The period between the partition of Bengal in 1905 and the Partition of India in 1947 was witness to a unique experience of 'imagining' nations in Bengal. With neither the Bengali Muslims nor the Bengali Hindus envisioning homogenous ideas about nationhood, many contesting and alternative visions emerged, both within and between the two communities. These 'other' nationalisms were not 'anti-national', but creeds of either a 'federal Indian nation' with 'regional
autonomy', or a 'regional nation' on its own strength.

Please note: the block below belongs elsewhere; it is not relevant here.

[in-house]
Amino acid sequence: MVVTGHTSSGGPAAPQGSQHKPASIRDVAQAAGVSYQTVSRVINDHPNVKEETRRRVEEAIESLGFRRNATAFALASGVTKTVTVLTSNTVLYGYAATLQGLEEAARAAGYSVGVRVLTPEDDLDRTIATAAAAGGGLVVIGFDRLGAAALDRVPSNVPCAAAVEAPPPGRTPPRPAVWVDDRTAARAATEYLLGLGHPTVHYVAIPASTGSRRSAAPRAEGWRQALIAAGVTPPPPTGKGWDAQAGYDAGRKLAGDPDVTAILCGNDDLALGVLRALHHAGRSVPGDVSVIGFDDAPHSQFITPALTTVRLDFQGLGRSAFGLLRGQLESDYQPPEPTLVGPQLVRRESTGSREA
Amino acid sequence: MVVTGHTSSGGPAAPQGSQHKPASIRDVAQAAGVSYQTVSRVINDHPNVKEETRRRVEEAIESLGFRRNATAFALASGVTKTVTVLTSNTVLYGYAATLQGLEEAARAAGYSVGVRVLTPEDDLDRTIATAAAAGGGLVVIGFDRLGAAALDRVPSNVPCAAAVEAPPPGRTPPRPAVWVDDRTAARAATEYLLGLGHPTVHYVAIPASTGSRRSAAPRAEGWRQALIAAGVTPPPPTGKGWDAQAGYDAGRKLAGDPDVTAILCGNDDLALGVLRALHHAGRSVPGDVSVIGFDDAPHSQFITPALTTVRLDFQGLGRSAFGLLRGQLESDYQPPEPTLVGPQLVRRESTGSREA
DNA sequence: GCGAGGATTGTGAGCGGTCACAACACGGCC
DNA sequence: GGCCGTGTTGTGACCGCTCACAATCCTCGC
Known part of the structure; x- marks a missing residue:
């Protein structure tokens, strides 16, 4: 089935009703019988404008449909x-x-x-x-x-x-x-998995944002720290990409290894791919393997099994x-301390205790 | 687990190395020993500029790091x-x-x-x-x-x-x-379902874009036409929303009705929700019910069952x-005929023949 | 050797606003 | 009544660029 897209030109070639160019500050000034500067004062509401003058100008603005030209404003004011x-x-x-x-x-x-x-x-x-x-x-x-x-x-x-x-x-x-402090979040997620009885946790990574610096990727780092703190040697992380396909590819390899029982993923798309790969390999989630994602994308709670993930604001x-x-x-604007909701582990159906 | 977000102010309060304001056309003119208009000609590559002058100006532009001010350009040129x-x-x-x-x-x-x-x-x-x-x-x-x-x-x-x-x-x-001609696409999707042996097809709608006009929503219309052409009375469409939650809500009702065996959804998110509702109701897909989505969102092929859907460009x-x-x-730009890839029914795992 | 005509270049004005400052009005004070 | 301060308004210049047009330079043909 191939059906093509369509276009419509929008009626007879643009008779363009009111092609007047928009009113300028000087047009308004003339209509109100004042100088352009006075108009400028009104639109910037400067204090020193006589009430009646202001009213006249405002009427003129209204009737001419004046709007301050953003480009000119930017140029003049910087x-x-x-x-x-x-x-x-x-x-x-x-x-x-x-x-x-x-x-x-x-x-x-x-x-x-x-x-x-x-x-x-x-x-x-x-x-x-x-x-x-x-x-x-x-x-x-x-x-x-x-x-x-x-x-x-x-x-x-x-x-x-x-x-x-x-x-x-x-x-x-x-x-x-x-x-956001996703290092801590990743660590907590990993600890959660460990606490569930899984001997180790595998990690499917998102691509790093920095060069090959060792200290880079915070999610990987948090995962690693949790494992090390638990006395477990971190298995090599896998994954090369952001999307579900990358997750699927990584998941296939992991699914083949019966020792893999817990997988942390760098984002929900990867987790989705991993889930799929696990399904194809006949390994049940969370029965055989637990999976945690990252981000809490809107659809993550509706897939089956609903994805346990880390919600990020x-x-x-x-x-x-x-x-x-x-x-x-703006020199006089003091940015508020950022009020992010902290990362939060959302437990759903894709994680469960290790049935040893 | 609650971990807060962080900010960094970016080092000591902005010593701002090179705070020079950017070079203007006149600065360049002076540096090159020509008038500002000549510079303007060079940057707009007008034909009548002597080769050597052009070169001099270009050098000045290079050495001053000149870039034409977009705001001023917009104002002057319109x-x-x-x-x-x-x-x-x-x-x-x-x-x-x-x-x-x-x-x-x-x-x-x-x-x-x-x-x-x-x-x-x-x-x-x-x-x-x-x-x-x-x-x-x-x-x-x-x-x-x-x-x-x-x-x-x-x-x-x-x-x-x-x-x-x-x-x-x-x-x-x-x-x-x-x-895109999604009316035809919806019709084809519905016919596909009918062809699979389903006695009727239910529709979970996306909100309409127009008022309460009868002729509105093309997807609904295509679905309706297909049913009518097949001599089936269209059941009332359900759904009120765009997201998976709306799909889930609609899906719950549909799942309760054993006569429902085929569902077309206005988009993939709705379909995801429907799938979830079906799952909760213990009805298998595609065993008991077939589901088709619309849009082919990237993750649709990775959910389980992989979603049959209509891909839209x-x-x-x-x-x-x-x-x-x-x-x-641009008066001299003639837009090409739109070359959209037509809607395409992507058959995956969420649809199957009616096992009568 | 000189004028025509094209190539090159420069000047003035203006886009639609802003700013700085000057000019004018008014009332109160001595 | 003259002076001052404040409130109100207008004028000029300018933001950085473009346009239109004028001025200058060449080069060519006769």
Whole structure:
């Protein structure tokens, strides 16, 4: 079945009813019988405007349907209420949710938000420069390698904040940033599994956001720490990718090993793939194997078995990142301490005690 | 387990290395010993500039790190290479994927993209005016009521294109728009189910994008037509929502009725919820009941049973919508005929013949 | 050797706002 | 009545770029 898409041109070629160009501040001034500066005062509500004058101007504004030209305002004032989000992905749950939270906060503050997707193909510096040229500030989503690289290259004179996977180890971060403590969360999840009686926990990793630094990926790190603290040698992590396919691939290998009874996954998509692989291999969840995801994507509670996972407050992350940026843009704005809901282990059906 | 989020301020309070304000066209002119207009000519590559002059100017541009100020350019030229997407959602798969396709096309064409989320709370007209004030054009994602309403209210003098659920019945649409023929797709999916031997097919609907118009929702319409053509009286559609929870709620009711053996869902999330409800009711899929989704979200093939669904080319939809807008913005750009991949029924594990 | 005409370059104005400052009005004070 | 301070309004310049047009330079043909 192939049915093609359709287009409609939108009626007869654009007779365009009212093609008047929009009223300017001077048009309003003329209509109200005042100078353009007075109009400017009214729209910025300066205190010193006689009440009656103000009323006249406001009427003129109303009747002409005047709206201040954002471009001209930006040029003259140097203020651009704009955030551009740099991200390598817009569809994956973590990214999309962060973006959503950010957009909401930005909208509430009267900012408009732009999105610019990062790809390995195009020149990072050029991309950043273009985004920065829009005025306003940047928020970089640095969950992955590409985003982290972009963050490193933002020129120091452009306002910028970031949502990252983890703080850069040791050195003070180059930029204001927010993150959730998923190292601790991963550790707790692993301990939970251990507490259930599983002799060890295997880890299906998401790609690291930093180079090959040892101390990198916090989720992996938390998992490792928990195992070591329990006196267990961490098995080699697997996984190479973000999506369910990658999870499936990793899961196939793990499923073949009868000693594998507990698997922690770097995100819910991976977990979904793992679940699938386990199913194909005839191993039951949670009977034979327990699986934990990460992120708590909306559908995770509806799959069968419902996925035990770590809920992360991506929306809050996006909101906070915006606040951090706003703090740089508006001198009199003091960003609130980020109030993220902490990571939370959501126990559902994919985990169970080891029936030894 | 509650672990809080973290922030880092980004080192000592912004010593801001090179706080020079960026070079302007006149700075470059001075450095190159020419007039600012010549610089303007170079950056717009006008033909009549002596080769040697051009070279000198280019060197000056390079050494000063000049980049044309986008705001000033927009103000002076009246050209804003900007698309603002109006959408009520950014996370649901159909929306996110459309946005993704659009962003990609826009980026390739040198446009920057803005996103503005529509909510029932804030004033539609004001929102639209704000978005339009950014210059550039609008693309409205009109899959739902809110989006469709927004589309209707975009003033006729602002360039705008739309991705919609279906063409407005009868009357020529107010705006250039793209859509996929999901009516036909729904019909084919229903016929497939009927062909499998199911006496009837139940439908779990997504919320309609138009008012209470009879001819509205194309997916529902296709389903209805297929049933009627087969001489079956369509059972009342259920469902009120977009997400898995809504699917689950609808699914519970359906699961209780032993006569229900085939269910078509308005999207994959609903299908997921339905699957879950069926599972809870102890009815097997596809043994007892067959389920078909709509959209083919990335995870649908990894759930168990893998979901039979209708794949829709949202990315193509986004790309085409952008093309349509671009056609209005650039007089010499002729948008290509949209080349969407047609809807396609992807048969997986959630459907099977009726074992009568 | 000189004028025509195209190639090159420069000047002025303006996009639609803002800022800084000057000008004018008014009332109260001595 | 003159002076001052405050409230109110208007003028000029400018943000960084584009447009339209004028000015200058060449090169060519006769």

In Different Nationalisms, Semanti Ghosh goes beyond the Muslim-Hindu and nationalism-communalism binaries to reveal an unfamiliar terrain of hidden contestations over the concept of nation in colonial Bengal. For several of these competing ideologies, Partition, rather than being an expected or even desired outcome, was an anti-climax in their long-drawn battle for a nation.